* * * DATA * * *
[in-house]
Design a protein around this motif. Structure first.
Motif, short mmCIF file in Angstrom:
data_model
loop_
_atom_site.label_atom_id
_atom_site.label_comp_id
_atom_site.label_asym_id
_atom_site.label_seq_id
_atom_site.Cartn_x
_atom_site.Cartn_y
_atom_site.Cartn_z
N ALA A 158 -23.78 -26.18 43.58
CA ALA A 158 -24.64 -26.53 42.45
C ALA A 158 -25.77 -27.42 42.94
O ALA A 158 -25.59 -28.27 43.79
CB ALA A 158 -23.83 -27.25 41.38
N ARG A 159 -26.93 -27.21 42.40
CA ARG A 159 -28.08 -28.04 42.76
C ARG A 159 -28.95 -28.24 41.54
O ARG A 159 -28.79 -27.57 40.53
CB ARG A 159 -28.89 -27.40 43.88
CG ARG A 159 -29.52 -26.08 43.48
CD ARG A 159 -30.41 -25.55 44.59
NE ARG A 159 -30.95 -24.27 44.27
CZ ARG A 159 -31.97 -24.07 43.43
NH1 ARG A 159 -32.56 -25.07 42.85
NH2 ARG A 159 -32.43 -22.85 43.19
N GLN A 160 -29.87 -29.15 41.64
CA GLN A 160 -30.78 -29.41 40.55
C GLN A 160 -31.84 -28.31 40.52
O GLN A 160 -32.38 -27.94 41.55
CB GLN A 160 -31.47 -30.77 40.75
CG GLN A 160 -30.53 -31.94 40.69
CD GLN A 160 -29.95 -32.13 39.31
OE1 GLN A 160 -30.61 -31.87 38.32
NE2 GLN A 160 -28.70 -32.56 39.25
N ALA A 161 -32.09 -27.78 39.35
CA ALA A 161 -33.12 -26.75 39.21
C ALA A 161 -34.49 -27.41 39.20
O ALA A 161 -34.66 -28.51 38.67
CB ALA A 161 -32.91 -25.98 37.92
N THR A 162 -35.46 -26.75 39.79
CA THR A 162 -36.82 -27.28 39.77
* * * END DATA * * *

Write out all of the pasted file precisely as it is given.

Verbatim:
[in-house]
Design a protein around this motif. Structure first.
Motif, short mmCIF file in Angstrom:
data_model
loop_
_atom_site.label_atom_id
_atom_site.label_comp_id
_atom_site.label_asym_id
_atom_site.label_seq_id
_atom_site.Cartn_x
_atom_site.Cartn_y
_atom_site.Cartn_z
N ALA A 158 -23.78 -26.18 43.58
CA ALA A 158 -24.64 -26.53 42.45
C ALA A 158 -25.77 -27.42 42.94
O ALA A 158 -25.59 -28.27 43.79
CB ALA A 158 -23.83 -27.25 41.38
N ARG A 159 -26.93 -27.21 42.40
CA ARG A 159 -28.08 -28.04 42.76
C ARG A 159 -28.95 -28.24 41.54
O ARG A 159 -28.79 -27.57 40.53
CB ARG A 159 -28.89 -27.40 43.88
CG ARG A 159 -29.52 -26.08 43.48
CD ARG A 159 -30.41 -25.55 44.59
NE ARG A 159 -30.95 -24.27 44.27
CZ ARG A 159 -31.97 -24.07 43.43
NH1 ARG A 159 -32.56 -25.07 42.85
NH2 ARG A 159 -32.43 -22.85 43.19
N GLN A 160 -29.87 -29.15 41.64
CA GLN A 160 -30.78 -29.41 40.55
C GLN A 160 -31.84 -28.31 40.52
O GLN A 160 -32.38 -27.94 41.55
CB GLN A 160 -31.47 -30.77 40.75
CG GLN A 160 -30.53 -31.94 40.69
CD GLN A 160 -29.95 -32.13 39.31
OE1 GLN A 160 -30.61 -31.87 38.32
NE2 GLN A 160 -28.70 -32.56 39.25
N ALA A 161 -32.09 -27.78 39.35
CA ALA A 161 -33.12 -26.75 39.21
C ALA A 161 -34.49 -27.41 39.20
O ALA A 161 -34.66 -28.51 38.67
CB ALA A 161 -32.91 -25.98 37.92
N THR A 162 -35.46 -26.75 39.79
CA THR A 162 -36.82 -27.28 39.77